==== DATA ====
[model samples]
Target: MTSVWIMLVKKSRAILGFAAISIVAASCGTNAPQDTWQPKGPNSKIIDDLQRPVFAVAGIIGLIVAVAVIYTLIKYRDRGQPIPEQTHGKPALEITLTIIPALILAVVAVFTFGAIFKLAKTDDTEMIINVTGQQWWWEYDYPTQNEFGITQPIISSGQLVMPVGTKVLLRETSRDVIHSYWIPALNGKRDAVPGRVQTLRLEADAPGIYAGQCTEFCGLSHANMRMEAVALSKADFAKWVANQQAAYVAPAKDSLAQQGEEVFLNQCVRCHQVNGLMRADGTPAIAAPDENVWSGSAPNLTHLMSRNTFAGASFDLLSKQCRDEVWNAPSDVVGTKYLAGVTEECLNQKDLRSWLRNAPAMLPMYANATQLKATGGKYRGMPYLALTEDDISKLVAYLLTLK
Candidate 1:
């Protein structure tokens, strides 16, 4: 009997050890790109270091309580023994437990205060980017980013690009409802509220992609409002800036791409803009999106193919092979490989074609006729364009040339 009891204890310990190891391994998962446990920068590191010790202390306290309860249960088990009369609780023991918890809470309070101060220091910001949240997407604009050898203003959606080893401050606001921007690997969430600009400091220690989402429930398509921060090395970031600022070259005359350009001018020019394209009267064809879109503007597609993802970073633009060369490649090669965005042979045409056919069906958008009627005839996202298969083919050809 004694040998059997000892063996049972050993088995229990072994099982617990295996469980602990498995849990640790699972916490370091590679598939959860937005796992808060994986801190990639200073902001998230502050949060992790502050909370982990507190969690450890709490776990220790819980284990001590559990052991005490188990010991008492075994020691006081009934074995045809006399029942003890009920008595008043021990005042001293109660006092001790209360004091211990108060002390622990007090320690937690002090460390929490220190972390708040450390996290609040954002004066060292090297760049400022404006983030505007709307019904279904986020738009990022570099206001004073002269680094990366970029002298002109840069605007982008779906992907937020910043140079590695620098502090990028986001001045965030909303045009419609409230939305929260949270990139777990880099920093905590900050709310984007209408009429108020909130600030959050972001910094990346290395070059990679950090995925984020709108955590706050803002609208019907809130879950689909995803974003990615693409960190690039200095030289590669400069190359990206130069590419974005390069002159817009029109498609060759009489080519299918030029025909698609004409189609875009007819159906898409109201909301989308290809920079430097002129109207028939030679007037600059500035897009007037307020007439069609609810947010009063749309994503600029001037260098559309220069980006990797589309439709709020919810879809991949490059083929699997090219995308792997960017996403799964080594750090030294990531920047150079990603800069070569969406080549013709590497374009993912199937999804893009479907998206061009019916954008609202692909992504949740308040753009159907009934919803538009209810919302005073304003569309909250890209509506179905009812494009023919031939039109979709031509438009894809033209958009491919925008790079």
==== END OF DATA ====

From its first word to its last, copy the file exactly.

[model samples]
Target: MTSVWIMLVKKSRAILGFAAISIVAASCGTNAPQDTWQPKGPNSKIIDDLQRPVFAVAGIIGLIVAVAVIYTLIKYRDRGQPIPEQTHGKPALEITLTIIPALILAVVAVFTFGAIFKLAKTDDTEMIINVTGQQWWWEYDYPTQNEFGITQPIISSGQLVMPVGTKVLLRETSRDVIHSYWIPALNGKRDAVPGRVQTLRLEADAPGIYAGQCTEFCGLSHANMRMEAVALSKADFAKWVANQQAAYVAPAKDSLAQQGEEVFLNQCVRCHQVNGLMRADGTPAIAAPDENVWSGSAPNLTHLMSRNTFAGASFDLLSKQCRDEVWNAPSDVVGTKYLAGVTEECLNQKDLRSWLRNAPAMLPMYANATQLKATGGKYRGMPYLALTEDDISKLVAYLLTLK
Candidate 1:
């Protein structure tokens, strides 16, 4: 009997050890790109270091309580023994437990205060980017980013690009409802509220992609409002800036791409803009999106193919092979490989074609006729364009040339 009891204890310990190891391994998962446990920068590191010790202390306290309860249960088990009369609780023991918890809470309070101060220091910001949240997407604009050898203003959606080893401050606001921007690997969430600009400091220690989402429930398509921060090395970031600022070259005359350009001018020019394209009267064809879109503007597609993802970073633009060369490649090669965005042979045409056919069906958008009627005839996202298969083919050809 004694040998059997000892063996049972050993088995229990072994099982617990295996469980602990498995849990640790699972916490370091590679598939959860937005796992808060994986801190990639200073902001998230502050949060992790502050909370982990507190969690450890709490776990220790819980284990001590559990052991005490188990010991008492075994020691006081009934074995045809006399029942003890009920008595008043021990005042001293109660006092001790209360004091211990108060002390622990007090320690937690002090460390929490220190972390708040450390996290609040954002004066060292090297760049400022404006983030505007709307019904279904986020738009990022570099206001004073002269680094990366970029002298002109840069605007982008779906992907937020910043140079590695620098502090990028986001001045965030909303045009419609409230939305929260949270990139777990880099920093905590900050709310984007209408009429108020909130600030959050972001910094990346290395070059990679950090995925984020709108955590706050803002609208019907809130879950689909995803974003990615693409960190690039200095030289590669400069190359990206130069590419974005390069002159817009029109498609060759009489080519299918030029025909698609004409189609875009007819159906898409109201909301989308290809920079430097002129109207028939030679007037600059500035897009007037307020007439069609609810947010009063749309994503600029001037260098559309220069980006990797589309439709709020919810879809991949490059083929699997090219995308792997960017996403799964080594750090030294990531920047150079990603800069070569969406080549013709590497374009993912199937999804893009479907998206061009019916954008609202692909992504949740308040753009159907009934919803538009209810919302005073304003569309909250890209509506179905009812494009023919031939039109979709031509438009894809033209958009491919925008790079």